In some countries, there are threats of violence against those who vote, such as during the 2005 Iraq elections, an example of voter suppression. However, some political scientists question the view that high turnout is an implicit endorsement of the system.

Mark N. Franklin contends that in European Union elections opponents of the federation, and of its legitimacy, are just as likely to vote as proponents. On the other hand, if low turnout is a reflection of contentment of voters about likely winners or parties, then low turnout is as legitimate as high turnout, as long as the right to vote exists.

Still, low turnouts can lead to unequal representation among various parts of the population. In developed countries, non-voters tend to be concentrated in particular demographic and socioeconomic groups, especially the young and the poor.

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However, in India, which boasts an electorate of more than 814 million people, the opposite is true. The poor, who comprise the majority of the demographic, are more likely to vote than the rich and the middle classes, and turnout is higher in rural areas than urban areas.

Socio-Economic Status and VotingTurnout in the USA and India USA (1988) India (1988) Turnout 50.1 % 62 % Income (Quin tile) Lowest 20%: 36.4% 57 % 52 65 59 73 67 60 Highest 20%: 63.1 47 Education No high school 38% Illiterate 57% Some high school 43 Up to middle 83 High school graduate 57 College 57 Some college 66 Post-graduate 41 College grad 79 Post-graduate 84 Community (1996) White 56 Hindu 60 Black 50 Hindu (OBC) 58 Latino 27 SC 75 ST 59 Muslim 70 Sikh 89 In each country, some parts of society are more likely to vote than others. As a result, many scholars think of turnout as habitual behavior that can be learned or unlearned, especially among young adults.

One study found that improving children's social skills increases their turnout as adults. Socioeconomic factors are significantly associated with whether individuals develop the habit of voting.

The most important socioeconomic factor affecting voter turnout is education. Income has some effect independently: wealthier people are more likely to vote, regardless of their educational background.

In the past, these factors unquestionably influenced turnout in many nations, but nowadays the consensus among political scientists is that these factors have little effect in Western democracies when education and income differences are taken into account. Other demographic factors have an important influence: young people are far less likely to vote than the elderly.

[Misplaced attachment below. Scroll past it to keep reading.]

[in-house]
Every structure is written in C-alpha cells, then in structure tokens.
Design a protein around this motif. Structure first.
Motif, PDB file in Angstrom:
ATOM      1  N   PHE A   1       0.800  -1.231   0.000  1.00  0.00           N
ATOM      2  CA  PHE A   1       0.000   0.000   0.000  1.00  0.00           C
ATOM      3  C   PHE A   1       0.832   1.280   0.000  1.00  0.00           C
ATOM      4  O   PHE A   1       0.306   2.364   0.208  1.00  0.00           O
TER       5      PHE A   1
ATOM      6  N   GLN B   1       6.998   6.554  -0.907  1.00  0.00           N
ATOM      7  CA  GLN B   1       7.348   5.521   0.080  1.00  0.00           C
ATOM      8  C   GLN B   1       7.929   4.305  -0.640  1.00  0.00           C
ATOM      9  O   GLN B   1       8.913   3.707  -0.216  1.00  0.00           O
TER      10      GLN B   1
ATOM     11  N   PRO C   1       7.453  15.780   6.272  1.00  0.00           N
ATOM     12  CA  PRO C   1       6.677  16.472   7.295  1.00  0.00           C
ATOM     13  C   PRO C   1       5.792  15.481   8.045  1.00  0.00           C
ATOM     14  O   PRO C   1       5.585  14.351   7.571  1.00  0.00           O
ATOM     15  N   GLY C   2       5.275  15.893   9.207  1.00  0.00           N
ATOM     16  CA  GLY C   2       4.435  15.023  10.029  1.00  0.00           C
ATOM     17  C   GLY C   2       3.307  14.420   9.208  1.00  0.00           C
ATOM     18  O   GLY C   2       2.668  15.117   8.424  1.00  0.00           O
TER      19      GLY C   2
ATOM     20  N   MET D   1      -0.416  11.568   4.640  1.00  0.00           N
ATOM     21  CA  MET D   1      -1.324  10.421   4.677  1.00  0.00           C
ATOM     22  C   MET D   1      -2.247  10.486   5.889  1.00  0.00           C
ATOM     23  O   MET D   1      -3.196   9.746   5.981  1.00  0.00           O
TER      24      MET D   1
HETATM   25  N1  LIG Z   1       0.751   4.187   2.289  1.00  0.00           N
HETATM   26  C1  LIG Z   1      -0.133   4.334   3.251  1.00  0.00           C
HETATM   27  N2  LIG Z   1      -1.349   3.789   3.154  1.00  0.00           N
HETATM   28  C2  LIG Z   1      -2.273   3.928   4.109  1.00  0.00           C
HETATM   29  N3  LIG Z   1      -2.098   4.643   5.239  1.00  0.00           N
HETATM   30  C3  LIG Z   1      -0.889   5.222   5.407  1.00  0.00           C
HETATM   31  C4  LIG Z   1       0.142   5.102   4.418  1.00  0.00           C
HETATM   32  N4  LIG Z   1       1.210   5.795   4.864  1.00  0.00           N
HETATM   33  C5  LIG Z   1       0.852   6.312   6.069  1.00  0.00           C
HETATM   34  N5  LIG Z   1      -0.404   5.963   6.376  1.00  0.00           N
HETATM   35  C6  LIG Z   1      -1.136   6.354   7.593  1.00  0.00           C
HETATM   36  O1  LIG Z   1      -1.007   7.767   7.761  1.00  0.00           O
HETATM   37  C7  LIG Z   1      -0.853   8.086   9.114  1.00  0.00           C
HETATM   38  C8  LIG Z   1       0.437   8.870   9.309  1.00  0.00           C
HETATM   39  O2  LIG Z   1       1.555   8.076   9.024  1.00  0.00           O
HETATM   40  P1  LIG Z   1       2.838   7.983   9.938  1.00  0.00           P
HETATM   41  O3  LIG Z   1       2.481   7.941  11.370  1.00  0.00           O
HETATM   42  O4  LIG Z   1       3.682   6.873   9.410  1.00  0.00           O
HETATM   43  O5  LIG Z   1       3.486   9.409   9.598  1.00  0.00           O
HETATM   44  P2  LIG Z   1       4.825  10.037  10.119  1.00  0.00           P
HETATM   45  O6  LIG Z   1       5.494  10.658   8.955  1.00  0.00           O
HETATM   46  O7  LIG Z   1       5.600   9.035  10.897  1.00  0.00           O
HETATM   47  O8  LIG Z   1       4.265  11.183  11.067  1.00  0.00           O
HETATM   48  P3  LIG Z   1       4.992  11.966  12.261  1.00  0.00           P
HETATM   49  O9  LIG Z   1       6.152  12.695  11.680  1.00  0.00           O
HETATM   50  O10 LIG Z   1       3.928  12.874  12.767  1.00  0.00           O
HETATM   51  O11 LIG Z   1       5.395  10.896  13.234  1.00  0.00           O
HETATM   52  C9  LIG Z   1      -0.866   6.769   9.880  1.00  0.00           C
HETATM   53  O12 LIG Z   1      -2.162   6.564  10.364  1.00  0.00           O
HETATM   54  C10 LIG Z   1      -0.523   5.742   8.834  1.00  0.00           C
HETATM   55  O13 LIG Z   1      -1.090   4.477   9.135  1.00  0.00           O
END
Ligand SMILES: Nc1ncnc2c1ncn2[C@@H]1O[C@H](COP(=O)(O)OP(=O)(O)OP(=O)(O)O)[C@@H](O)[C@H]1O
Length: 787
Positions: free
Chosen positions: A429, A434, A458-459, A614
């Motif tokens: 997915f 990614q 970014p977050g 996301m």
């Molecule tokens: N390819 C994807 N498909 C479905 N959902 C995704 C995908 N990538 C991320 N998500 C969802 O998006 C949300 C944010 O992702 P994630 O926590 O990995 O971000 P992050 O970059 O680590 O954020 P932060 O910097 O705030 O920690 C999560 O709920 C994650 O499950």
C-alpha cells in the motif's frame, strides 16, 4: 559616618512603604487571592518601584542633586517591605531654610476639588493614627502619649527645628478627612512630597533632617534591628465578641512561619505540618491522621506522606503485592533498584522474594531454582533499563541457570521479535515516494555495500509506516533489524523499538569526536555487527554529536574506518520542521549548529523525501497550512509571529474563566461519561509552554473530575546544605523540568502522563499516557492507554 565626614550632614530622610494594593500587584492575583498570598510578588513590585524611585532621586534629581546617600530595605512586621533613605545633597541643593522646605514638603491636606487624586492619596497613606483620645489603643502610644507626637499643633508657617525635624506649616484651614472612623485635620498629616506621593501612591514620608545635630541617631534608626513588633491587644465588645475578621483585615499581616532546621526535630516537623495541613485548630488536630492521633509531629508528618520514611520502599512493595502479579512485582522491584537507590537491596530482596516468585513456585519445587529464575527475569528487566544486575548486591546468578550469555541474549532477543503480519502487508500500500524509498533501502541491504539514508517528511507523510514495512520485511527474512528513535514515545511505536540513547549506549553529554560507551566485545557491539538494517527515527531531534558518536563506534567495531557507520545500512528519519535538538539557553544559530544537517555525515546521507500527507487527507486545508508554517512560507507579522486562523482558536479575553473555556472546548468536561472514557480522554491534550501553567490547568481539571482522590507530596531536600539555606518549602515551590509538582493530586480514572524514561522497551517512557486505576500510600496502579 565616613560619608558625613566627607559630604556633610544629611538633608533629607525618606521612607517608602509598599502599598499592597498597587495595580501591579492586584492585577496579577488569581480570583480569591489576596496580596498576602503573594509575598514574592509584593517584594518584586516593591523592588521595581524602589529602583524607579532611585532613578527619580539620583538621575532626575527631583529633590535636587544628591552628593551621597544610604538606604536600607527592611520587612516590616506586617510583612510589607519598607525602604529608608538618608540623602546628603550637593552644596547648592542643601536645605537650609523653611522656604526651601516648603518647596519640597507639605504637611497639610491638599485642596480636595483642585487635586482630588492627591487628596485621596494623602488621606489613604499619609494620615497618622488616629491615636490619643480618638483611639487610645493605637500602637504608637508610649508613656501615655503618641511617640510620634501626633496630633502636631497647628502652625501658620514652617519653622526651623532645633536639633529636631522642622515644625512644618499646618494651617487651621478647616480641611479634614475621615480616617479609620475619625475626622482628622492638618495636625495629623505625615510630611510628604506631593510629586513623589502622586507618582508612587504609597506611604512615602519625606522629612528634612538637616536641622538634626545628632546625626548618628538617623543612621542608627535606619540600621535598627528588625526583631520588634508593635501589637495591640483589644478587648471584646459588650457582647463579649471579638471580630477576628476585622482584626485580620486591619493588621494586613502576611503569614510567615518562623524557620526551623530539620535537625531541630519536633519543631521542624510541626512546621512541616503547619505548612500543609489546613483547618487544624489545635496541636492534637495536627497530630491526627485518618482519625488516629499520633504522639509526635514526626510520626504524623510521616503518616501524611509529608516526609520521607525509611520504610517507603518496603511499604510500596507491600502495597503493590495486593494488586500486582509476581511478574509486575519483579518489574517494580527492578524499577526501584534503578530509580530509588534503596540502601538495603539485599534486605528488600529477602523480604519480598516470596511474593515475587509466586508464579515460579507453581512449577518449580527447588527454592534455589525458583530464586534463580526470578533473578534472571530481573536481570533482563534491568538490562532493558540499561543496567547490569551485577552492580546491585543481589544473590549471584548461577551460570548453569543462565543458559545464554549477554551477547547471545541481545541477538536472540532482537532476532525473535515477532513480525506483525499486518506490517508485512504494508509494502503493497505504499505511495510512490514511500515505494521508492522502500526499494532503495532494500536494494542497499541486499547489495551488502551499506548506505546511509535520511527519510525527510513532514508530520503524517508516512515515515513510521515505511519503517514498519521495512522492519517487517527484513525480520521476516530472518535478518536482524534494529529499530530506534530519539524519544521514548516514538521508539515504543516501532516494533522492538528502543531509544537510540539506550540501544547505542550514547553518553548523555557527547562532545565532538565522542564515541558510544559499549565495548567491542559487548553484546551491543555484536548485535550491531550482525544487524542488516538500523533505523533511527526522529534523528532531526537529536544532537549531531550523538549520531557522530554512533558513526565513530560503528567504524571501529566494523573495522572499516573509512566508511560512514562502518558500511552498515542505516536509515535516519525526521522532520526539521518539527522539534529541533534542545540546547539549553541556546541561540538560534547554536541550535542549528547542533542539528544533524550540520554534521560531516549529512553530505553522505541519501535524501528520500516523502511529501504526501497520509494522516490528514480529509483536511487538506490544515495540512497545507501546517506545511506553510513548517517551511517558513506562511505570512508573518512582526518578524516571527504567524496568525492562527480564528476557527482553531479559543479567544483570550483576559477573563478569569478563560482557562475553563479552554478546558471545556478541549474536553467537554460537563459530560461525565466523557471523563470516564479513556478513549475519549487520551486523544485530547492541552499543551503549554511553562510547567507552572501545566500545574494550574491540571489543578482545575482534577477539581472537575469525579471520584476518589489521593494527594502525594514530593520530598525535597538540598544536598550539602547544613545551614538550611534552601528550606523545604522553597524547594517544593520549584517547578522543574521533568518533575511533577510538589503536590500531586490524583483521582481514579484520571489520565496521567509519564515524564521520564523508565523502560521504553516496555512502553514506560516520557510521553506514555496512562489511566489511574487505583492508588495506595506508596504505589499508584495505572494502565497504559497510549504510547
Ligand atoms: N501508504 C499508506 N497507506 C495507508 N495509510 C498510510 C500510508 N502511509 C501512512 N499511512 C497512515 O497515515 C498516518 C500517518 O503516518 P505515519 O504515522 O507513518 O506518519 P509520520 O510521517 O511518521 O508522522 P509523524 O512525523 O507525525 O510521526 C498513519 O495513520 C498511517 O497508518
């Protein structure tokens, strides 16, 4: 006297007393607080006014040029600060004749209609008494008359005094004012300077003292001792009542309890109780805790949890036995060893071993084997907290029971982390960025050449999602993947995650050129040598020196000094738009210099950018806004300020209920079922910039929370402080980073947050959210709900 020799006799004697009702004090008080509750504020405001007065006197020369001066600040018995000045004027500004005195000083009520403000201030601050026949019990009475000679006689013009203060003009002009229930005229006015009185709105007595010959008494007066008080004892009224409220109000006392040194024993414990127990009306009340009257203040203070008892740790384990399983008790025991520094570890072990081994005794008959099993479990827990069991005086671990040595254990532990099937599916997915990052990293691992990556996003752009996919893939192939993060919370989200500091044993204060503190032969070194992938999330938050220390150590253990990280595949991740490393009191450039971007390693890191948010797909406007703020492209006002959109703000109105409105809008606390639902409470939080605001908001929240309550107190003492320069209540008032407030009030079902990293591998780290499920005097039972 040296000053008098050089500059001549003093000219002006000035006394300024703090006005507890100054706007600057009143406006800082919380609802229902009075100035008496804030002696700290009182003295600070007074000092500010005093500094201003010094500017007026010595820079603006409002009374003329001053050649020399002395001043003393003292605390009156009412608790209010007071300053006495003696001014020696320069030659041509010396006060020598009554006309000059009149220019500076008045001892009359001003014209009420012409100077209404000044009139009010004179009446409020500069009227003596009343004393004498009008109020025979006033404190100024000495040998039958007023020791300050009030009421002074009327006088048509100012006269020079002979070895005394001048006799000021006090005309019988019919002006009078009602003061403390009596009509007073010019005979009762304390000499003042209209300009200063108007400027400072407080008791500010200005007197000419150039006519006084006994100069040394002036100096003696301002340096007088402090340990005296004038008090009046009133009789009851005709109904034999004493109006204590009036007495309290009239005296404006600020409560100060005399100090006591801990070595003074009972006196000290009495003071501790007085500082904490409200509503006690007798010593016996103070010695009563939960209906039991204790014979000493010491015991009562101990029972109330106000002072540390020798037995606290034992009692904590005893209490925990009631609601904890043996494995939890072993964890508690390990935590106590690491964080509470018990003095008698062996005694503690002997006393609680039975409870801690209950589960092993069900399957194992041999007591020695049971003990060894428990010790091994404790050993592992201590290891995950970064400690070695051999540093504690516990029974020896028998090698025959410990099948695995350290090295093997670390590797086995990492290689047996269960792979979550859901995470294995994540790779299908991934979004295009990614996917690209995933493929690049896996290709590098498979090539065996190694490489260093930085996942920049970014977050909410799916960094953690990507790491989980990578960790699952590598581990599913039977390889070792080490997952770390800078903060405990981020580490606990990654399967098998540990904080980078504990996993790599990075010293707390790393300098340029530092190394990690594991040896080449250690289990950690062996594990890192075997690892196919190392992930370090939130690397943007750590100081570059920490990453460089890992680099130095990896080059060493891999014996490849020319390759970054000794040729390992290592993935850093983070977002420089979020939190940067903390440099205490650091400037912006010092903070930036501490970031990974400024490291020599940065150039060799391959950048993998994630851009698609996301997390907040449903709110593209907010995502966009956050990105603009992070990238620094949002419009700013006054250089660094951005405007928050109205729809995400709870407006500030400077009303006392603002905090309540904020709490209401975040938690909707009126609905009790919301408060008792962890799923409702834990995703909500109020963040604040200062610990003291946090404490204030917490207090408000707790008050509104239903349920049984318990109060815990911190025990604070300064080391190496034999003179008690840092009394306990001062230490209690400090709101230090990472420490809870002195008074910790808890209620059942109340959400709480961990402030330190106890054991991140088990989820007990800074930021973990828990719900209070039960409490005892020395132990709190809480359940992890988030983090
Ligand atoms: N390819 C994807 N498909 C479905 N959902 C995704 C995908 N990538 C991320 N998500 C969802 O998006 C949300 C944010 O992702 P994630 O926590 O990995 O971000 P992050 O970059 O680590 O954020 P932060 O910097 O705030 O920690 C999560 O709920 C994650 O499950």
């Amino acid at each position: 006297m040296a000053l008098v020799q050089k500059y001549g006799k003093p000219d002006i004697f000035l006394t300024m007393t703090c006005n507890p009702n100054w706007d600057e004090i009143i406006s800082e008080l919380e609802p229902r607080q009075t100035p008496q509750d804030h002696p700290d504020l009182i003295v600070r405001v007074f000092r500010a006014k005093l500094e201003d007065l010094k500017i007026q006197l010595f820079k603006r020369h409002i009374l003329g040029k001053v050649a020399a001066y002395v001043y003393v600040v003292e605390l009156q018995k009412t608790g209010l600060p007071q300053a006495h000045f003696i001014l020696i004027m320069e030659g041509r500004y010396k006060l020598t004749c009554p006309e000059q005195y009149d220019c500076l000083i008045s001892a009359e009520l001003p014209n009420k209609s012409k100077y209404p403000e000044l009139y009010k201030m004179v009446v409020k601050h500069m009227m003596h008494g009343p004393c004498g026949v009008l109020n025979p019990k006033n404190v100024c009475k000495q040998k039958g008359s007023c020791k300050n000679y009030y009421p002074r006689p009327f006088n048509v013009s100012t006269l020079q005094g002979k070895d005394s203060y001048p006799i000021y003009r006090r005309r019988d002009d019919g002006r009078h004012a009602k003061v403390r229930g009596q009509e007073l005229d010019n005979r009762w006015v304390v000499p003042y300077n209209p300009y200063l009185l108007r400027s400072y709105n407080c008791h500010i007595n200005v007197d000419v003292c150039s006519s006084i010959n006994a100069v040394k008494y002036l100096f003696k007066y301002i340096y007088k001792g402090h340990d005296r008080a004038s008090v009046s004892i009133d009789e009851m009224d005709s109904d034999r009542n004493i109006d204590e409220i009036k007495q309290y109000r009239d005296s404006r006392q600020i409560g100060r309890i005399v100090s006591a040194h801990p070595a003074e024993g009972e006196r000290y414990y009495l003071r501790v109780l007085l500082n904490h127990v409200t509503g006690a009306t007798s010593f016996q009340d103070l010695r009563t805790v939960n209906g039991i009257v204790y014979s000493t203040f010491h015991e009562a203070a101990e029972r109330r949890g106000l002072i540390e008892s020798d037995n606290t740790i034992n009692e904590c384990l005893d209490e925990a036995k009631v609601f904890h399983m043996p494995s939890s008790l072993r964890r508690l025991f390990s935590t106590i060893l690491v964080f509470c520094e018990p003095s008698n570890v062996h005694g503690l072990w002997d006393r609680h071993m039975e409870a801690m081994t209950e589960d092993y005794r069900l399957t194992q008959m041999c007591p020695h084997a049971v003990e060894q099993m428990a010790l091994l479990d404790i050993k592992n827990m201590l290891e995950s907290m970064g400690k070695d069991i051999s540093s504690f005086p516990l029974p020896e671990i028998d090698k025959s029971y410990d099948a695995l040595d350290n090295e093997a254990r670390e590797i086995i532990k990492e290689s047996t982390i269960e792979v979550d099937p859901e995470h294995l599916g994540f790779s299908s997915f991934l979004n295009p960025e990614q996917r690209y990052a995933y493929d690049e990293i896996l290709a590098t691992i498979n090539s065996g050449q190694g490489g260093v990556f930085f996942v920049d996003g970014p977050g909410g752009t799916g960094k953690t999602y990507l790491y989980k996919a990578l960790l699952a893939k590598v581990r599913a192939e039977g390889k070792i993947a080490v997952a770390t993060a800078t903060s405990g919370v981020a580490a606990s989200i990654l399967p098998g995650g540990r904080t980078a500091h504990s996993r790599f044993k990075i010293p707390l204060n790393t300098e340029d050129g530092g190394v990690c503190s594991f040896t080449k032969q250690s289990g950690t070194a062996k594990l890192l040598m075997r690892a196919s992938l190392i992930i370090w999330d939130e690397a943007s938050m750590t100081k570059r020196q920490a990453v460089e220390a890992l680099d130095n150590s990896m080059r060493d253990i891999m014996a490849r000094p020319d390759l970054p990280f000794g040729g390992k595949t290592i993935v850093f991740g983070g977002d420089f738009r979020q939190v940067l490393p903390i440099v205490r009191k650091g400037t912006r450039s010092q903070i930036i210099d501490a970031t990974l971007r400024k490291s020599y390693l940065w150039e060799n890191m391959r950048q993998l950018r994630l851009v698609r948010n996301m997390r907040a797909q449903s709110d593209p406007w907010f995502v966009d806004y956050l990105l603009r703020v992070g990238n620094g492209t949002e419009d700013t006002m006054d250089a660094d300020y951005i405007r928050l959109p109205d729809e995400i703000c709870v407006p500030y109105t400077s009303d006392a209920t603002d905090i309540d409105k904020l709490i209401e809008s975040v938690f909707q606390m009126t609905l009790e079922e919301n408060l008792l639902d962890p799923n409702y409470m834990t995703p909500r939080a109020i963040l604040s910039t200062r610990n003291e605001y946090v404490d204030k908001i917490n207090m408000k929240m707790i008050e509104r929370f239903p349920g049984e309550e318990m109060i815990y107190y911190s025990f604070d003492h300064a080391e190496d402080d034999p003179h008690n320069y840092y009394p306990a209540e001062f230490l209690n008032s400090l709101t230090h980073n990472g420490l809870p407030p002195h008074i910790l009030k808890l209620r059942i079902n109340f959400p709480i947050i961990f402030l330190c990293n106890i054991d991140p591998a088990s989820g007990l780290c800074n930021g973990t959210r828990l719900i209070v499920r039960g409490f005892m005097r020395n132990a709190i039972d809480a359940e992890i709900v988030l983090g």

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Occupation has little effect on turnout, with the notable exception of higher voting rates among government employees in many countries. One issue that arises in continent-spanning nations, such as Australia, Canada, the United States and Russia, is that of time zones.

Within countries there can be important differences in turnout between individual elections. Municipal and provincial elections, and by-elections to fill casual vacancies, typically have lower turnouts, as do elections for the parliament of the supranational European Union, which is separate from the executive branch of the EU's government.

Runoff elections also tend to attract lower turnouts. With an intensely polarized electorate and all polls showing a close finish between President George W. Bush and Democratic challenger John F. Kerry, the turnout in the 2004 U.S. presidential election was close to 60%, resulting in a record number of popular votes for both candidates (around 62 million for Bush and 59 million for Kerry).

One 2017 study in the Journal of Politics found that, in the United States, incarceration had no significant impact on turnout in elections: ex-felons did not become less likely to vote after their time in prison. Also in the United States, incarceration, probation, and a felony record deny 5–6 million Americans of the right to vote, with reforms gradually leading more states to allow people with felony criminal records to vote, while almost none allow incarcerated people to vote.